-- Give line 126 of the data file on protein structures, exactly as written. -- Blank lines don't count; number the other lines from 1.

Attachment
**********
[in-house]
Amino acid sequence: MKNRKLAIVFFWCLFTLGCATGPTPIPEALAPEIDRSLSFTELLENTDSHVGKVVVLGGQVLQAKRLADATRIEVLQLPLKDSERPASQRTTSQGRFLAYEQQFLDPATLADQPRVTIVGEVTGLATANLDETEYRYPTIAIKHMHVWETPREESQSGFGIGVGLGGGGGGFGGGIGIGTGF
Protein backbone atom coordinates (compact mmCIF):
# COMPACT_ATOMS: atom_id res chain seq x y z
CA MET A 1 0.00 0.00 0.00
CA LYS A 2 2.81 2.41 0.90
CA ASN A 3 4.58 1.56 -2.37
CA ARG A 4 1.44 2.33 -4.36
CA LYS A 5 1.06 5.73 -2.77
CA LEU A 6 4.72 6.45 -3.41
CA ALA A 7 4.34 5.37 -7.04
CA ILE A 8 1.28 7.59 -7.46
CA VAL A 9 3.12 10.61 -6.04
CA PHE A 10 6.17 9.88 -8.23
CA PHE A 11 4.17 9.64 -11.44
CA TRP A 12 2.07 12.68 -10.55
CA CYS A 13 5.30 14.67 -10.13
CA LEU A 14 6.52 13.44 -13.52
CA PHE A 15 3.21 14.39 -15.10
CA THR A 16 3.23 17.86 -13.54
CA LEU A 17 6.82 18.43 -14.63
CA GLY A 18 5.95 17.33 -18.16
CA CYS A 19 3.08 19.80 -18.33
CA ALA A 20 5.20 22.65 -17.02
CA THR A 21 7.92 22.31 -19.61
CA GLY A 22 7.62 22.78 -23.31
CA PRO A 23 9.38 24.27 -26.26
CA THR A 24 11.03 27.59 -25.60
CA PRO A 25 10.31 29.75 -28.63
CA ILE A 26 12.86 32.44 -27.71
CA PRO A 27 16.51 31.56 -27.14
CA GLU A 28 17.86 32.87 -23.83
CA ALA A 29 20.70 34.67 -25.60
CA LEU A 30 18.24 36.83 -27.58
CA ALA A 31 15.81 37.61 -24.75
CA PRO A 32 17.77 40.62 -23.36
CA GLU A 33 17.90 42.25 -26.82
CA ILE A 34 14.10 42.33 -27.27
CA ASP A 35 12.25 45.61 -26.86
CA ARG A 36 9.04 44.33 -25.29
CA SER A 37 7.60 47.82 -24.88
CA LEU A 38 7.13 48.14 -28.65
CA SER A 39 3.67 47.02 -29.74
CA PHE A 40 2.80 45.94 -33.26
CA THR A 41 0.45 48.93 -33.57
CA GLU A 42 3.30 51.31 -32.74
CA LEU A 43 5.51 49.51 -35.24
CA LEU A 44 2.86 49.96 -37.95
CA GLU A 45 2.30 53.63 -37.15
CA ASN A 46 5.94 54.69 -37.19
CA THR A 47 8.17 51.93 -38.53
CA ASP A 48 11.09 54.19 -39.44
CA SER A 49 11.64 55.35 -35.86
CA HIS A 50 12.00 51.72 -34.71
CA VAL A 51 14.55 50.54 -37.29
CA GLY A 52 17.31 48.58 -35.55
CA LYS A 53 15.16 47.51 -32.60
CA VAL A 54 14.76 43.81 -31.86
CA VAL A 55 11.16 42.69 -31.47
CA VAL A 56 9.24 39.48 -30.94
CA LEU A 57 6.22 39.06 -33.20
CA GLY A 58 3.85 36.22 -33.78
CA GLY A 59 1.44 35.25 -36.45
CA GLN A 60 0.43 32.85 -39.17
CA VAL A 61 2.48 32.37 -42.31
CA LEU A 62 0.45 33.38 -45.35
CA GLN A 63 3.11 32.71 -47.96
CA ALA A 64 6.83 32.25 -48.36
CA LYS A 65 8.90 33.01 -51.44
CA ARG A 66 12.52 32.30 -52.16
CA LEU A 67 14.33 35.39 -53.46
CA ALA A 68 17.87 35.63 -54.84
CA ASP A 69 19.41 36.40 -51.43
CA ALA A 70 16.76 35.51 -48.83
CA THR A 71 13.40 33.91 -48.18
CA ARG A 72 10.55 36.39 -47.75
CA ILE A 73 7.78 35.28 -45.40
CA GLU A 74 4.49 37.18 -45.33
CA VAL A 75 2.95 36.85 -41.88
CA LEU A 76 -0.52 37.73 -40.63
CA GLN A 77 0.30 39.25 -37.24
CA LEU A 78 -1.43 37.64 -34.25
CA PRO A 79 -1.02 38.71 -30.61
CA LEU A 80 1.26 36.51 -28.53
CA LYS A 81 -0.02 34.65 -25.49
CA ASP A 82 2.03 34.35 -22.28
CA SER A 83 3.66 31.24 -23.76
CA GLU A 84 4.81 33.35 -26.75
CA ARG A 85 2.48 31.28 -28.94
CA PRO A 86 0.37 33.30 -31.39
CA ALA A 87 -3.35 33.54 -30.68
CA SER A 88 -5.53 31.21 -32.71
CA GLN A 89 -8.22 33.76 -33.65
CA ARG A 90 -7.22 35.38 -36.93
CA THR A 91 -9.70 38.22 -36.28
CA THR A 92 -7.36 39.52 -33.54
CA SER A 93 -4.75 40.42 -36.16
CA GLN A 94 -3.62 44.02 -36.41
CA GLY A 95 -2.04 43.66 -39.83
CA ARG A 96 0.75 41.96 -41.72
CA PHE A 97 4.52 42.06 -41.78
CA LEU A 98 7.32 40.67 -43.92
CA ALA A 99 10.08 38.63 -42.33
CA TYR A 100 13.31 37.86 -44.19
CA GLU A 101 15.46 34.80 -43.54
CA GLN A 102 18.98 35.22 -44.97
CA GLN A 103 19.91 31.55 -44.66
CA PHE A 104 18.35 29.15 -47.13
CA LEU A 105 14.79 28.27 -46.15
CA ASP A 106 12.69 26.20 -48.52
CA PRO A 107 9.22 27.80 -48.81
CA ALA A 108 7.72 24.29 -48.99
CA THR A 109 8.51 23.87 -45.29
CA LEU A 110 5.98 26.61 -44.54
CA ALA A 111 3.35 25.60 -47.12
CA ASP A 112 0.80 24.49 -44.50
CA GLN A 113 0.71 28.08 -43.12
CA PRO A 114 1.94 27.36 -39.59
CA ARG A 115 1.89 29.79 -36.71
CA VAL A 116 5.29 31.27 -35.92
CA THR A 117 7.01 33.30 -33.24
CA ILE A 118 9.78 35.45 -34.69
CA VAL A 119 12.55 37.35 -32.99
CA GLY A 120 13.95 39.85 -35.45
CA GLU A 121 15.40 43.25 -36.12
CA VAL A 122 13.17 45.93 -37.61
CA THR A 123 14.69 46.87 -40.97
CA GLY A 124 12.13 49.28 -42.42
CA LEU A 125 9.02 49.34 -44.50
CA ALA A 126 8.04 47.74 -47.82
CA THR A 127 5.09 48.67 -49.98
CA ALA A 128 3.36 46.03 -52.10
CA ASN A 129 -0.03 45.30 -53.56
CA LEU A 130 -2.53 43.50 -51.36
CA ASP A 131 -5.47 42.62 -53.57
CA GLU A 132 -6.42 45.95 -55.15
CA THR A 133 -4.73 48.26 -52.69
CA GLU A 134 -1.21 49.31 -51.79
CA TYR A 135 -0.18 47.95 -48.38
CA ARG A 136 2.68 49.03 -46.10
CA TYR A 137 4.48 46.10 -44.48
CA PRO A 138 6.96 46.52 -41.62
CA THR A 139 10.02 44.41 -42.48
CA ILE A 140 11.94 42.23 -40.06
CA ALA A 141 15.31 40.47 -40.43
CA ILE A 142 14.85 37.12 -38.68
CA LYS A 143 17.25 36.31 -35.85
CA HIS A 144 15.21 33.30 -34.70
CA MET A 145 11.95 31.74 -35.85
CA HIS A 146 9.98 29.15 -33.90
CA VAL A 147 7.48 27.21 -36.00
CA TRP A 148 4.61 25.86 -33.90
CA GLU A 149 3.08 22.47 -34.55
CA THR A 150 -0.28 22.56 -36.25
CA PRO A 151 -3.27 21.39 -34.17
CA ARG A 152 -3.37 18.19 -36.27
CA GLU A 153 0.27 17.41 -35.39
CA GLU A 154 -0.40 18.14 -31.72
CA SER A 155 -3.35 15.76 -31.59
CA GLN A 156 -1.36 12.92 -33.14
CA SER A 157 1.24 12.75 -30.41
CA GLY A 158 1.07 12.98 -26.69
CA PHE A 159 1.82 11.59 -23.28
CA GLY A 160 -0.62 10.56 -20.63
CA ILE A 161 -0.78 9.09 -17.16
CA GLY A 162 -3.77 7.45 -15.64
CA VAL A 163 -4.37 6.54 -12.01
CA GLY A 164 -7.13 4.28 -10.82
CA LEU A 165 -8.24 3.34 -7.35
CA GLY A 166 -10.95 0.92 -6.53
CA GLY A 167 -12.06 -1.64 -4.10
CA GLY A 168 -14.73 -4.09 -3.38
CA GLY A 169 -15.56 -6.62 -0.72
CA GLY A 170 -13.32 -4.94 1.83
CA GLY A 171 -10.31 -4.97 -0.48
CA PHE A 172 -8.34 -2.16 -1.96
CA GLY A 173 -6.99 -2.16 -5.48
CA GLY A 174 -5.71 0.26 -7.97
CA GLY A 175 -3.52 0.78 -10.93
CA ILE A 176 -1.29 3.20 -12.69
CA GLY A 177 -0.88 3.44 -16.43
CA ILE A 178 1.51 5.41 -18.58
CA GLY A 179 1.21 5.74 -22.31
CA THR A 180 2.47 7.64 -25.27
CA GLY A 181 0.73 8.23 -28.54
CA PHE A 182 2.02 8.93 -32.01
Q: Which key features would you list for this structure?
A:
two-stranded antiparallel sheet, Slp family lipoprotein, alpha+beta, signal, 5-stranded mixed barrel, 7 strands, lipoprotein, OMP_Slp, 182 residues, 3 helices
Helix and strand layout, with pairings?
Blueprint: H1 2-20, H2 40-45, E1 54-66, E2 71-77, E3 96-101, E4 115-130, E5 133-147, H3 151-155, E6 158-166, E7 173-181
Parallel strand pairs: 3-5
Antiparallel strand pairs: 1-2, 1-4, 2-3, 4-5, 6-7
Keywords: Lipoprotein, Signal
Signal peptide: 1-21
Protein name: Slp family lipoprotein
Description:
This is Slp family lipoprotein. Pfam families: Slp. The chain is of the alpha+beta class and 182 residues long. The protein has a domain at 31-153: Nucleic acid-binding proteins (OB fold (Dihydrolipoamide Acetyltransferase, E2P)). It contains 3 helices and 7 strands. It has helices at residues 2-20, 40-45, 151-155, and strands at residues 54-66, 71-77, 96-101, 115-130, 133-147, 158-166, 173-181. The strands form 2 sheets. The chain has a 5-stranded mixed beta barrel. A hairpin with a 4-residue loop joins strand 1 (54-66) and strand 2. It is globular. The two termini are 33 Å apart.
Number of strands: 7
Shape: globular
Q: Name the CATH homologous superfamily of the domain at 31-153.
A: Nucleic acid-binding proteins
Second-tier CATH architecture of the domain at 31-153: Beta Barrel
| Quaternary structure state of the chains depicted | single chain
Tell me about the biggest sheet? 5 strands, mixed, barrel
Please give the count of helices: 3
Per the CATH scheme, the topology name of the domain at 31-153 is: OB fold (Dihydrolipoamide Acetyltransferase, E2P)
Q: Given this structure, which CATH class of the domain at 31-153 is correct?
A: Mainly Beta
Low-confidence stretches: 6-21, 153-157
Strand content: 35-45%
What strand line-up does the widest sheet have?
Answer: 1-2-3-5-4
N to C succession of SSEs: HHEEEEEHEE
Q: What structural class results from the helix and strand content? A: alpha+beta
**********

CA VAL A 122 13.17 45.93 -37.61